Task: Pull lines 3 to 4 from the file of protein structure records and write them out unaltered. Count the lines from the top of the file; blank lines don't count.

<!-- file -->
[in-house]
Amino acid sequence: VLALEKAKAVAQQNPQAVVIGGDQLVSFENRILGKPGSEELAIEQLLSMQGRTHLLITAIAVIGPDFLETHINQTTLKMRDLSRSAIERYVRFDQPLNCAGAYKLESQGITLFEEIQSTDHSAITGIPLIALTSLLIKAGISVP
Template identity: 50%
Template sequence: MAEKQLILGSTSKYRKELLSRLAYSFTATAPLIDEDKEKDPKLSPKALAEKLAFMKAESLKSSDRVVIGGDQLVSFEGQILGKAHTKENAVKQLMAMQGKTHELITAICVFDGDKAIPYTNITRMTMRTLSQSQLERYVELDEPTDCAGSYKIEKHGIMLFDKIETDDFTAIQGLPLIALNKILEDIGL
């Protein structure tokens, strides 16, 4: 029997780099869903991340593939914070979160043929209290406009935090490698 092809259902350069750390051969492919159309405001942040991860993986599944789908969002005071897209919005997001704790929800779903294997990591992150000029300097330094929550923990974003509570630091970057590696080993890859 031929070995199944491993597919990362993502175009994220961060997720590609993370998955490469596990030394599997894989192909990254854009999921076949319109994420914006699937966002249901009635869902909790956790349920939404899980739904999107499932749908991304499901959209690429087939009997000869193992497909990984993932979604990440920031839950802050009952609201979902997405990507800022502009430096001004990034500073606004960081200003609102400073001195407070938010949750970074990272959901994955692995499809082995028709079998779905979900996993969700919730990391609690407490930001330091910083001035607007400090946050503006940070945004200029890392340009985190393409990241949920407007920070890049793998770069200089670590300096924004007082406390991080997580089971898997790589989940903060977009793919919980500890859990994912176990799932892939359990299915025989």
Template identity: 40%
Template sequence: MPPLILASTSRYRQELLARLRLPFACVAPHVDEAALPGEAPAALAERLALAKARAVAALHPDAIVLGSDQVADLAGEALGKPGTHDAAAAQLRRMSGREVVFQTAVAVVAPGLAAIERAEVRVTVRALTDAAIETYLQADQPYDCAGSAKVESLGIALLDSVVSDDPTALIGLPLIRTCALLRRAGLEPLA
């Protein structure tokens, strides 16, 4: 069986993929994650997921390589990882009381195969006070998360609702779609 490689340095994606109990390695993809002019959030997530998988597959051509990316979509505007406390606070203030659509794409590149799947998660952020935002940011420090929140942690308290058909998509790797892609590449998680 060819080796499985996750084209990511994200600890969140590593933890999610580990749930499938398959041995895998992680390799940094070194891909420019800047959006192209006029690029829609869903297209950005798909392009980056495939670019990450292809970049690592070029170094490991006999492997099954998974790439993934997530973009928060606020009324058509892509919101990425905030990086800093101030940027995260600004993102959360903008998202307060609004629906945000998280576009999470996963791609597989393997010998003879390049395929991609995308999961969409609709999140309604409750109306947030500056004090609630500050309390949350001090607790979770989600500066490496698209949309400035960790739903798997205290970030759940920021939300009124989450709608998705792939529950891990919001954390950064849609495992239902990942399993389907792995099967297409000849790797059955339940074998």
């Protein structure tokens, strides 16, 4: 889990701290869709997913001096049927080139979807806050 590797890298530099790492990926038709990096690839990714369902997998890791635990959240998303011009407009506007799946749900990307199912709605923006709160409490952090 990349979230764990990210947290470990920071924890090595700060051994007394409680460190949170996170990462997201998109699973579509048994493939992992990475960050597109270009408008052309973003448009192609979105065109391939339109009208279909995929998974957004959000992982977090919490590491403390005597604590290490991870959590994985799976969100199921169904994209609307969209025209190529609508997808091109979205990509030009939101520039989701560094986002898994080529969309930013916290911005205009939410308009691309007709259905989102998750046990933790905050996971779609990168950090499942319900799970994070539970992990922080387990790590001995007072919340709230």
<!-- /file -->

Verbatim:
Template identity: 50%
Template sequence: MAEKQLILGSTSKYRKELLSRLAYSFTATAPLIDEDKEKDPKLSPKALAEKLAFMKAESLKSSDRVVIGGDQLVSFEGQILGKAHTKENAVKQLMAMQGKTHELITAICVFDGDKAIPYTNITRMTMRTLSQSQLERYVELDEPTDCAGSYKIEKHGIMLFDKIETDDFTAIQGLPLIALNKILEDIGL